Recently, I wrote about my first experience at David Chang’s restaurant Ma Peche in NYC. The food was so extraordinary, that I left there feeling satiated … yet unsatisfied. You see, I wanted more. A lot more. That food left me wanting to further explore the phenomenon that is Momofuku.
So, this time I decided to get a few family members together for a trip to NYC in order to check out another David Chang conception: Ssam Bar. Situated in the East Village, Ssam Bar is right by two other Momofuku’s hotspots. Booker and Dax, right next door, is known to have the most interesting cocktails. And across the street is Milk, Momofuku’s dessert heaven. I thought to myself, East Village could be a dreamy place to live in – for foodies like me. But not to worry. For now, this foodie is quite delighted to be living in Fairfield County… with it’s perfect proximity to NYC.
I was told that most popular dishes at Momofuku restaurants are the steamed Pork Buns and the Ramen bowls. I had already tried ramen bowl at Ma Peche, so this time I was determined to give the Pork Buns a try. This was by far the coolest dish we had there. I can’t even begin to justifiably describe it…. but I will try. So unusual and so very good. The buns were ever so light and buttery in texture. I have never eaten a bun so refined and delicate. It’s light flavor paired perfectly with the pork. The pork meat itself was another dazzler. It was juicy and delicious….oozing wonderful flavors and reflecting pure finesse. Finally, the hoisin sauce was a great accent with its lightly sweet flavor to compliment the pork meat. I am quite certain that I will never EVER pass up on ordering the pork buns whenever I am at a Momofuku restaurant.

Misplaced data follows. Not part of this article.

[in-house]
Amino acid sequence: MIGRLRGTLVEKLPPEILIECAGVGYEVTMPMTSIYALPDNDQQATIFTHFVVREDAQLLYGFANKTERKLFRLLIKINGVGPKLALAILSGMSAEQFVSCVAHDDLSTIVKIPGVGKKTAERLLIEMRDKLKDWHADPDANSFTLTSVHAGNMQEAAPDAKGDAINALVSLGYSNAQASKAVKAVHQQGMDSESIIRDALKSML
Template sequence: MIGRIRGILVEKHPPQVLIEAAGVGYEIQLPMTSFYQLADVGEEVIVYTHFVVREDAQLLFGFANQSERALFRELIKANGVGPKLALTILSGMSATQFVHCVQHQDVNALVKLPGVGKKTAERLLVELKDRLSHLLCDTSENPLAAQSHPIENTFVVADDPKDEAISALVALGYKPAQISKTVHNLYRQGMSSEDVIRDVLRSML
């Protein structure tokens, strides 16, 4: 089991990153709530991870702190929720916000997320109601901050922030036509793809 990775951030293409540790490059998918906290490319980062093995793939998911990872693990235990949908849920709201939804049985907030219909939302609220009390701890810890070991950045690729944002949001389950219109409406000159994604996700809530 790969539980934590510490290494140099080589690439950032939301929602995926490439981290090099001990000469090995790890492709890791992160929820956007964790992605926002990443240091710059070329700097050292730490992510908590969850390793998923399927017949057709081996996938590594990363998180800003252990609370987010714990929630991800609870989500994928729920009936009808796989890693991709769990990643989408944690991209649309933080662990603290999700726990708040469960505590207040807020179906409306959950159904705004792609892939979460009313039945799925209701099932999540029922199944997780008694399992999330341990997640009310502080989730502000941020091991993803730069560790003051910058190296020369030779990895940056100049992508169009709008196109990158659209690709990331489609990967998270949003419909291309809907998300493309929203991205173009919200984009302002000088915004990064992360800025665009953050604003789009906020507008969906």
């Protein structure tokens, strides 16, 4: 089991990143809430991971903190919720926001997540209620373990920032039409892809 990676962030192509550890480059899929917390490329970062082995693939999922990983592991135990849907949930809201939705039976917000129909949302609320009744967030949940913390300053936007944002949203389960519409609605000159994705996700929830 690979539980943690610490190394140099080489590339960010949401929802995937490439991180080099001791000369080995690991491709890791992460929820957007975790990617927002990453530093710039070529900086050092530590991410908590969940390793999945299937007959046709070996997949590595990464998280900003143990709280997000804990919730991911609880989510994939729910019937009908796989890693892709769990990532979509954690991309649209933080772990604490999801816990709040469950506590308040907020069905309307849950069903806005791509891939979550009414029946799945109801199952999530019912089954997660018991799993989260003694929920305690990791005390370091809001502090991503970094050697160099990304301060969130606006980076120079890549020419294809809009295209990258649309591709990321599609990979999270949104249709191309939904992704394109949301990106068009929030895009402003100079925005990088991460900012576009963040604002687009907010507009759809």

We tried the Charred Spanish Octopus. Excellent choice as well. As I was biting into this dish it occurred to me that the genius of David Chang lies in two things:
1. His comprehensive understanding of ingredients and their flavors.
2. His expertise in the treatment of those ingredients – specially the meats, and seafood.
As I explained, the pork in the pork buns were cooked to perfection so that all kinds of tender, juicy goodness oozed out of it as I bit into it. The octopus meat was another shining example, it was cooked so gently – resulting in the tenderest bite of octopus meat I have ever had!
We ordered three other dishes that sadly did not impress me as much. Glad to realize that even David Chang is a human after all (or maybe its just me turning into a total food snob?) The Duck Pot Pie was on the dry side for my taste. When I dig into a pot pie, I like to see the interior ooze out in all its glory. This one did not. The Fuji Apple Kimchi confused me a bit. It was a gorgeous dish to look at though. Finally, the Duck Saam…. their signature dish. I believe its beauty lies in the wonderfully flavorful and juicy Duck meat. I am told it is cooked for hours. I could clearly tell that it was prepared with a lot of love and care. But it was served with a lot of rice and a scallion pancake. I am sure that in the Korean culture, this is exactly what people like, and expect… but for me, the whole dish read “dry”, despite the juicy duck meat.
For dessert we tried the Chevre Sorbet with Beet, Lime and Granola. It was very unusual I was so impressed to see beets successfully being used as a dessert component. Their color contributed to the most stunning presentation. The whole composition was not overly sweet – infact it was like a great dance performance between the sweet and salty. Everyone at our table LOVED the Lemon Meringue Pie with Pistachio and Lemon Curd. Awesome! Lightly tart, nutty and sweet all at the same time. I’d like to declare that every morsel on that plate was licked clean!